Extremely Loud and Incredibly Close Loss

Loud and Incredibly Close

The Key is the Journey: Life and Loss in Extremely Loud and Incredibly Close

In the novel Extremely Loud and Incredibly Close by Jonathan Safran Foer, the key and lock are respectively symbolic of loss and recover and/or discovery. The novel concerns the adventures of a young boy, Oskar Schell, who lost his father during the 9/11 attacks. Unsurprisingly, his feelings of loss and loneliness are nearly overwhelming. He is a young boy who recently lost the most important role-model in his life. However, the way in which he handles this loss is highly unusual and moving. From the beginning, the reader is transported through the search that Oskar begins to find the lock that he believes will also unlock the secrets he needs to carry on with his life. Several characters accompany Oskar on his journey; most notably his mother, his grandfather, and his grandmother. The story is told from the first-person narrator perspective of Oskar, his grandfather and his grandmother.

Significantly, Oskar feels his loss most keenly within the family context. He feels alone in his family after the loss of his father. It is this loneliness however that begins the journey to ultimate peace. He cannot recover his father, but he can discover himself and others; a process that ultimately makes life worthwhile. Oskar learns to not only love life, but to treasure it.

Although Oskar experiences his loss on an intensely individual level, the author demonstrates that such loss is hardly unique. Oskar's grandfather loses his family and his love, Anna, during the war in Germany. Anna was also the sister of Oskar's grandmother, who also lost her family during the same war. The result is that the narrators each search for a way to make meaning in their lives, with varying degrees of success.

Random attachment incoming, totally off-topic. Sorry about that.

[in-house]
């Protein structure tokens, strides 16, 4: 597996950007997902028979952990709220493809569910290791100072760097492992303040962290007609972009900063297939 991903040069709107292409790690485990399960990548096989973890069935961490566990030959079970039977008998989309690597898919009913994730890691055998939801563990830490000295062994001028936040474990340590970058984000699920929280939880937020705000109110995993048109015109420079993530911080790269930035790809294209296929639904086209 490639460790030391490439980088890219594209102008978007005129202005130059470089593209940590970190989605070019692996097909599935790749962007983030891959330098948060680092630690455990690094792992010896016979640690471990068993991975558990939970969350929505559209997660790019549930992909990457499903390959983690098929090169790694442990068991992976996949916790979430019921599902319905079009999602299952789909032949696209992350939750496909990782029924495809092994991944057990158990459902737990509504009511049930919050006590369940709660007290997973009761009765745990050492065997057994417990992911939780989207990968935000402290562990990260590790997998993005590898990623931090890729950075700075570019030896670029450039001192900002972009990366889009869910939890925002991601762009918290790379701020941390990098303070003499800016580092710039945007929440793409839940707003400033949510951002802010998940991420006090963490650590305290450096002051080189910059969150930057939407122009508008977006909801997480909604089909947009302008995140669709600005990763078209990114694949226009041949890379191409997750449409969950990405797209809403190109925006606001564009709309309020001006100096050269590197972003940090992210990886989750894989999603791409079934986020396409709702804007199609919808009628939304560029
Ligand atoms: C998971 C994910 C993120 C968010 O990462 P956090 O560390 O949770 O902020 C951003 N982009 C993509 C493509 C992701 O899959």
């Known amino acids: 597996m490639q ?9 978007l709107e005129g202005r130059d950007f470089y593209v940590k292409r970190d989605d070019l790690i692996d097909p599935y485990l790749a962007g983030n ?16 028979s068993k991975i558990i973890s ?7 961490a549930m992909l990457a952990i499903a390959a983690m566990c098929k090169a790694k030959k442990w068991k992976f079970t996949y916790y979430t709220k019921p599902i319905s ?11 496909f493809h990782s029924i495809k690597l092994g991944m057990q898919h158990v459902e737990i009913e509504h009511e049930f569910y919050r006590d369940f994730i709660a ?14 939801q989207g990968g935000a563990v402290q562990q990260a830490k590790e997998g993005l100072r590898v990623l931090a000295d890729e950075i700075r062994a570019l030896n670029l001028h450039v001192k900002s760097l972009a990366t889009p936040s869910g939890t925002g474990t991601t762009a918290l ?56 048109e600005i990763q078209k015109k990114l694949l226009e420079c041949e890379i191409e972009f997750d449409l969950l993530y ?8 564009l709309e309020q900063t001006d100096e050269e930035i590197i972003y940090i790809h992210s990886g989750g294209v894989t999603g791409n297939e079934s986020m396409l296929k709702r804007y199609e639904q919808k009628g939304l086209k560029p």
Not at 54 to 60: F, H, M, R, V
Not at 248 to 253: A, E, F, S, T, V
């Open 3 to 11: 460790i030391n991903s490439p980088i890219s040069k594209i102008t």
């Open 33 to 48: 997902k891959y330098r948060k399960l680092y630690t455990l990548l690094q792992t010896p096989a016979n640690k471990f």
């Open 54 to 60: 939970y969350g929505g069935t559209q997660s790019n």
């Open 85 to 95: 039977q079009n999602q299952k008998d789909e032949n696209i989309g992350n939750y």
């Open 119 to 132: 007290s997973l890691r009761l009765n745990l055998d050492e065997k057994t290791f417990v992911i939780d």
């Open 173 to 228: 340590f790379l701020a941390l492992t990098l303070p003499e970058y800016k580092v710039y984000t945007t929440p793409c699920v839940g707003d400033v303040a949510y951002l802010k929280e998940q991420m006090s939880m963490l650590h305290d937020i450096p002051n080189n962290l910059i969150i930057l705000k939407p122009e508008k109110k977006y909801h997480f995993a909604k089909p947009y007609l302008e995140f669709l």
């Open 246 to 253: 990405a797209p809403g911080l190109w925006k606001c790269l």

Oskar's grandfather is for example so badly damaged by his loss, that he is unwilling to commit to anything on such an emotional level again: "I'm so afraid of losing something I love that I refuse to love anything" (pg. 216). His grandmother in turn lives with the regret of never having told Anna how much she love her (pg. 314). With time, both learn to live with their losses, although Oskar's grandmother adds to her existing regrets the one that she had not enjoyed her life more. Only during old age does she realize that life is precious, and that loss only makes it more so.

While his grandparents' search is generally symbolic, in terms of years rather than physical distance, Oskar's journey functions on both the physical and symbolic levels. After the death of his father, Oskar discovers the key in question in a vase after his father's death. For the boy, the key becomes the symbol of his father's memory. Discovering the lock it opens becomes vital to discovering himself and the perpetuation of his father's memory. During the better part of the novel, the key and the search are what keeps Oskar's father alive in his mind. His words to Mr. Black summarizes the feeling: "The key used to belong to my dad,' I said, pulling it out from my shirt again, 'and I want to know what it opens" (pg. 160).

Mr. Black, in search of adventure, agrees to help Oskar look for the meaning of the key and what the opened lock might reveal. Initially, Oskar is confused as a result of his father's death. It feels as if his father's life meant nothing at all -- the world continues without him as if he never lived. Discovering the key however focused Oskar's loneliness into determination. Finding the purpose of the key, according to Oskar, would also mean finding the meaning of his own life in the face of death. This in turn culminates in the already mentioned theme that life is precious, precisely because it is not permanent. This preciousness is what provides meaning, rather than how the world functions with or without any particular person.

In the action of opening the lock, the key is symbolic of the human search to fill theā€¦